In the 1960, immediately after the end of testing on the Pacific atolls, the concentration of radioactive cesium in the Pacific off the coast of Japan was about 50 Becquerels per cubic meter (Bq/m3) and 10 Bq/m3 off California. By 2011 immediately before the earthquake and tsunami, that had fallen throughout the Pacific to about 2 Bq/m3 as a result of radioactive decay. Today, the highest we have seen off the coast of North America is 6 Bq/m3. Off the coast of Japan after the accident, (aside from the extremely high levels detected at the source of release from the reactors) we recorded a high of 4,500 Bq/m3. You can see more about pre-Fukushima levels worldwide here:

Living in San Francisco during and the the years after Fukushima, I heard about people taking iodine tablets as a precautionary measure against radiation poisoning. Was I right in ignoring this as an overreaction since Japan is half a world away?

The California Coastal Commission had a report in 2014, that if you were in California in 2011 and drank tap water at the highest levels found and breathed in the air at its peak level- both for an entire year- your dose or net health impact would be about 5 micro Sieverts or about the same exposure as a single dental X ray. This is not zero, but a very low dose indeed. And no need to be taking iodine tablets, though remember at that time it was less certain what was going on and if it was going to get worse

I live in Osaka, Japan. How safe would you say is the seafood caught off the coast of western Honshu?

Off Japan today, except for those in the vicinity of the reactors, seafood and other products taken from the Pacific are currently below strict limits set by the Japanese for human consumption. Tens of thousands of fish have been and are being tested off Japan. If fish are found above the limits, commercial fishing remains closed. In 2011 about half the fish caught near Fukushima were above Japan’s limit (100 Bq/kg). In 2014 that had dropped to 1%. BTW, none of the fish caught on “our side” of the Pacific have been found to be above any of the limits set by Japan or higher limits in US/Canada.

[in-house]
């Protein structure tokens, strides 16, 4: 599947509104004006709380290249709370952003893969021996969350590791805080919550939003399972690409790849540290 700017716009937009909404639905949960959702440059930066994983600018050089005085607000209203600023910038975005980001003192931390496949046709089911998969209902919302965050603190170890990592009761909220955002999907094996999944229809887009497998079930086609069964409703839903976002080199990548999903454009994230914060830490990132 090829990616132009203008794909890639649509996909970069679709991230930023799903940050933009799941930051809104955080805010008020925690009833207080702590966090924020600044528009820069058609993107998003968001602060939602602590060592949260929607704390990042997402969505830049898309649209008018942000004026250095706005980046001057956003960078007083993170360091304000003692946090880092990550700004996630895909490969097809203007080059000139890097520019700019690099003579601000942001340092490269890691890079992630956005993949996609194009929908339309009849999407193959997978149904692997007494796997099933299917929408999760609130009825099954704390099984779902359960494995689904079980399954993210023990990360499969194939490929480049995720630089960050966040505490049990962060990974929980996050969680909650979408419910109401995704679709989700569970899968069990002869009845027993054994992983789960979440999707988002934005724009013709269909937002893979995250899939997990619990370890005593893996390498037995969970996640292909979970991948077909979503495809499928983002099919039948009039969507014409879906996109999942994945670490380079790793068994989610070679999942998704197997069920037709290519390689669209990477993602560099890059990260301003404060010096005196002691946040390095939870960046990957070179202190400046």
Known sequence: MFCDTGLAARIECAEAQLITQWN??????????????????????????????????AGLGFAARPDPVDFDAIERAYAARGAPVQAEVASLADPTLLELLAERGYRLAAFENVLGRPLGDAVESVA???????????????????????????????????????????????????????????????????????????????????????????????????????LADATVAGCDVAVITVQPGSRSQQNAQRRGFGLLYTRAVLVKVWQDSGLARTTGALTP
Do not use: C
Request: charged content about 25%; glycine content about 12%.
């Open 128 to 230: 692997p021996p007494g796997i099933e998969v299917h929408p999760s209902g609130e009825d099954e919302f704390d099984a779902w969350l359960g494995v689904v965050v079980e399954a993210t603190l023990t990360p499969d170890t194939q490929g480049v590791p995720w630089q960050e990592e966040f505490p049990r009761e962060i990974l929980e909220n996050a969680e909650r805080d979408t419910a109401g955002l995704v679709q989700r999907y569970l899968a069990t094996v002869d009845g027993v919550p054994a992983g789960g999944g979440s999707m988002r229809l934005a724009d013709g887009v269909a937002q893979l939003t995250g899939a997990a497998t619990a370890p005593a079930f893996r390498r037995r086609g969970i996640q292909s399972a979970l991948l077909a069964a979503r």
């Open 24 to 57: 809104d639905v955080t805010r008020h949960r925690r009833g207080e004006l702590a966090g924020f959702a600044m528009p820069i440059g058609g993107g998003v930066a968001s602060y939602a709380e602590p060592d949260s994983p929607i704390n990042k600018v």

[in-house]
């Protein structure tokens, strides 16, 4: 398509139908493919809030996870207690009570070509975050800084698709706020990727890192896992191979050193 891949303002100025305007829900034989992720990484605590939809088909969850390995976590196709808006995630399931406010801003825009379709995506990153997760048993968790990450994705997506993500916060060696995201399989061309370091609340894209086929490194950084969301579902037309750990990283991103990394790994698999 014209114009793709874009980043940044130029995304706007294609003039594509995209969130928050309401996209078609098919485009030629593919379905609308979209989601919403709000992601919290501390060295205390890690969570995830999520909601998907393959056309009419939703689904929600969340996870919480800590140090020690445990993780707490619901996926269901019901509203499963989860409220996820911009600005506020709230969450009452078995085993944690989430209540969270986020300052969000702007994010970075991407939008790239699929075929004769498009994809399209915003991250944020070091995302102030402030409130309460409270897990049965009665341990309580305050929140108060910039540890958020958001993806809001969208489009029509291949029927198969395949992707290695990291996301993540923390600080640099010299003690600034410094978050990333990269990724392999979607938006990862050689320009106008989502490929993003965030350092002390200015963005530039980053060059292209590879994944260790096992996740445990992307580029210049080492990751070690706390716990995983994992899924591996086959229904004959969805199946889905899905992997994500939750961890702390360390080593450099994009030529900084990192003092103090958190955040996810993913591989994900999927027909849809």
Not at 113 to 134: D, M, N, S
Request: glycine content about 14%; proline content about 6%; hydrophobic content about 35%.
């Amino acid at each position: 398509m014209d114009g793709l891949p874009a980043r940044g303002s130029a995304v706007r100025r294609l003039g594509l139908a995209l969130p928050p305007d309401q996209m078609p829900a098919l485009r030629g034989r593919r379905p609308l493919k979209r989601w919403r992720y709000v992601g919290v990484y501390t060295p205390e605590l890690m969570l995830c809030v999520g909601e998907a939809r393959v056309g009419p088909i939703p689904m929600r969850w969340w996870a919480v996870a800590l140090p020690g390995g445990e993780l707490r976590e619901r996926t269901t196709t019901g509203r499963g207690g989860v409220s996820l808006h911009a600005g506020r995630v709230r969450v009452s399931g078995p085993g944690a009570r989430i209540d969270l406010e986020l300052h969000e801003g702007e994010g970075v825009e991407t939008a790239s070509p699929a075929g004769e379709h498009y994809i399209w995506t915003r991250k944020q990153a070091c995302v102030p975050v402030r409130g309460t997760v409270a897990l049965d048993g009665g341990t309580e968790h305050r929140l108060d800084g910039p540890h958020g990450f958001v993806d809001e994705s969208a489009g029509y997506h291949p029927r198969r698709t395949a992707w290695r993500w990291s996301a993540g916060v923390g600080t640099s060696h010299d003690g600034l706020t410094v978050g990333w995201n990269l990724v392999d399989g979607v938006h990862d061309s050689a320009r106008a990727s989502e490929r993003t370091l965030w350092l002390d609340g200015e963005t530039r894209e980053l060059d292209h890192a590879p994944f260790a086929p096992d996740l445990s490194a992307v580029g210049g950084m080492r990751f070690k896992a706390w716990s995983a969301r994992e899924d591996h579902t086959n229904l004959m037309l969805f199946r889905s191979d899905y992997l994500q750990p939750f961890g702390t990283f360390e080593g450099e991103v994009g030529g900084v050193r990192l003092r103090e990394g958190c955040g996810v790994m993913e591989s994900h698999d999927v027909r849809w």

What was the most unexpected things about your findings?

Sampling off Japan in 2011, we were more worried about hitting debris and harming our research vessel, than the levels of radioactivity which we were measuring with hand held devices as we sampled.
Another thing, maybe not unexpected but disappointing is the fact that no US Federal agency takes responsibility for ocean radioactivity studies

I teach middle school science. What is one major misconception about oceanic radioactivity that I (and the Internet) should clear up immediately?